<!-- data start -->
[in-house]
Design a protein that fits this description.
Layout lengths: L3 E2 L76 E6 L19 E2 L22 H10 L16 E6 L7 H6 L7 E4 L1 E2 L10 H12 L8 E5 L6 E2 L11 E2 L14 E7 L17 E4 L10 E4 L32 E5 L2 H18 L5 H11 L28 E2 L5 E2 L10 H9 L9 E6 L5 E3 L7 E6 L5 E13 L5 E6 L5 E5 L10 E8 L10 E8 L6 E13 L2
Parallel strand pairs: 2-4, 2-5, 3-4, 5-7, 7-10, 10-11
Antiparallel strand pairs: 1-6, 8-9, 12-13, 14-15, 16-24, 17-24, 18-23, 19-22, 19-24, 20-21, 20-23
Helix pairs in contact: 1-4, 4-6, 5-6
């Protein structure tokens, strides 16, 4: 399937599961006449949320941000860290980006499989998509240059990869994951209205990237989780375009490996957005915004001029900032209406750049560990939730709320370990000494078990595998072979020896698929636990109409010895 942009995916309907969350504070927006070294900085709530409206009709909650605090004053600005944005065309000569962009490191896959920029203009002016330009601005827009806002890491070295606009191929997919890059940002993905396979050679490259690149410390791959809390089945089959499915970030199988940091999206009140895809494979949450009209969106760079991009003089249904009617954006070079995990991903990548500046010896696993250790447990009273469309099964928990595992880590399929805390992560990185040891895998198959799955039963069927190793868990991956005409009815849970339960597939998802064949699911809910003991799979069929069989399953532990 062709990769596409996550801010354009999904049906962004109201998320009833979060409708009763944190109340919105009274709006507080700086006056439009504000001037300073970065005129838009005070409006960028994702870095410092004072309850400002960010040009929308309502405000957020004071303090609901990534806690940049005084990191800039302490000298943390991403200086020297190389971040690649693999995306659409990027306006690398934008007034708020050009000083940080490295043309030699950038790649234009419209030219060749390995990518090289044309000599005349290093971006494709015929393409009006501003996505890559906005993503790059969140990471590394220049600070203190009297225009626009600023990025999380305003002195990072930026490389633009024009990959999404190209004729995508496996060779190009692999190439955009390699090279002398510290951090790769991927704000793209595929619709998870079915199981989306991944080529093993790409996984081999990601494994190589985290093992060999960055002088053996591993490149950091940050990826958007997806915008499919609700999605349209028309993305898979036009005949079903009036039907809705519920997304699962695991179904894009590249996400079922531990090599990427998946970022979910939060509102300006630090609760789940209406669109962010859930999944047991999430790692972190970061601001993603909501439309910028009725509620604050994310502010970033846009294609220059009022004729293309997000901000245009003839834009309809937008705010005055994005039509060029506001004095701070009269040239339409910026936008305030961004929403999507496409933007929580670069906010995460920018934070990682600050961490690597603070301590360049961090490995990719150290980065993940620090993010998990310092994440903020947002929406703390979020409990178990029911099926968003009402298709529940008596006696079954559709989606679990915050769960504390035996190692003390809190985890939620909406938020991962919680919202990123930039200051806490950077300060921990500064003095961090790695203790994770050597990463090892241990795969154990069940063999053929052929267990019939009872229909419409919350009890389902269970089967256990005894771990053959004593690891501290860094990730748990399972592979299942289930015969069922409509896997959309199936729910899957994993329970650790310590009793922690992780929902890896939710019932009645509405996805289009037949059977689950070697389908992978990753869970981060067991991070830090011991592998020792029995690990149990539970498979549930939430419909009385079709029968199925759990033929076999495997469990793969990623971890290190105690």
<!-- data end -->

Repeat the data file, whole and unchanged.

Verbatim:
[in-house]
Design a protein that fits this description.
Layout lengths: L3 E2 L76 E6 L19 E2 L22 H10 L16 E6 L7 H6 L7 E4 L1 E2 L10 H12 L8 E5 L6 E2 L11 E2 L14 E7 L17 E4 L10 E4 L32 E5 L2 H18 L5 H11 L28 E2 L5 E2 L10 H9 L9 E6 L5 E3 L7 E6 L5 E13 L5 E6 L5 E5 L10 E8 L10 E8 L6 E13 L2
Parallel strand pairs: 2-4, 2-5, 3-4, 5-7, 7-10, 10-11
Antiparallel strand pairs: 1-6, 8-9, 12-13, 14-15, 16-24, 17-24, 18-23, 19-22, 19-24, 20-21, 20-23
Helix pairs in contact: 1-4, 4-6, 5-6
């Protein structure tokens, strides 16, 4: 399937599961006449949320941000860290980006499989998509240059990869994951209205990237989780375009490996957005915004001029900032209406750049560990939730709320370990000494078990595998072979020896698929636990109409010895 942009995916309907969350504070927006070294900085709530409206009709909650605090004053600005944005065309000569962009490191896959920029203009002016330009601005827009806002890491070295606009191929997919890059940002993905396979050679490259690149410390791959809390089945089959499915970030199988940091999206009140895809494979949450009209969106760079991009003089249904009617954006070079995990991903990548500046010896696993250790447990009273469309099964928990595992880590399929805390992560990185040891895998198959799955039963069927190793868990991956005409009815849970339960597939998802064949699911809910003991799979069929069989399953532990 062709990769596409996550801010354009999904049906962004109201998320009833979060409708009763944190109340919105009274709006507080700086006056439009504000001037300073970065005129838009005070409006960028994702870095410092004072309850400002960010040009929308309502405000957020004071303090609901990534806690940049005084990191800039302490000298943390991403200086020297190389971040690649693999995306659409990027306006690398934008007034708020050009000083940080490295043309030699950038790649234009419209030219060749390995990518090289044309000599005349290093971006494709015929393409009006501003996505890559906005993503790059969140990471590394220049600070203190009297225009626009600023990025999380305003002195990072930026490389633009024009990959999404190209004729995508496996060779190009692999190439955009390699090279002398510290951090790769991927704000793209595929619709998870079915199981989306991944080529093993790409996984081999990601494994190589985290093992060999960055002088053996591993490149950091940050990826958007997806915008499919609700999605349209028309993305898979036009005949079903009036039907809705519920997304699962695991179904894009590249996400079922531990090599990427998946970022979910939060509102300006630090609760789940209406669109962010859930999944047991999430790692972190970061601001993603909501439309910028009725509620604050994310502010970033846009294609220059009022004729293309997000901000245009003839834009309809937008705010005055994005039509060029506001004095701070009269040239339409910026936008305030961004929403999507496409933007929580670069906010995460920018934070990682600050961490690597603070301590360049961090490995990719150290980065993940620090993010998990310092994440903020947002929406703390979020409990178990029911099926968003009402298709529940008596006696079954559709989606679990915050769960504390035996190692003390809190985890939620909406938020991962919680919202990123930039200051806490950077300060921990500064003095961090790695203790994770050597990463090892241990795969154990069940063999053929052929267990019939009872229909419409919350009890389902269970089967256990005894771990053959004593690891501290860094990730748990399972592979299942289930015969069922409509896997959309199936729910899957994993329970650790310590009793922690992780929902890896939710019932009645509405996805289009037949059977689950070697389908992978990753869970981060067991991070830090011991592998020792029995690990149990539970498979549930939430419909009385079709029968199925759990033929076999495997469990793969990623971890290190105690």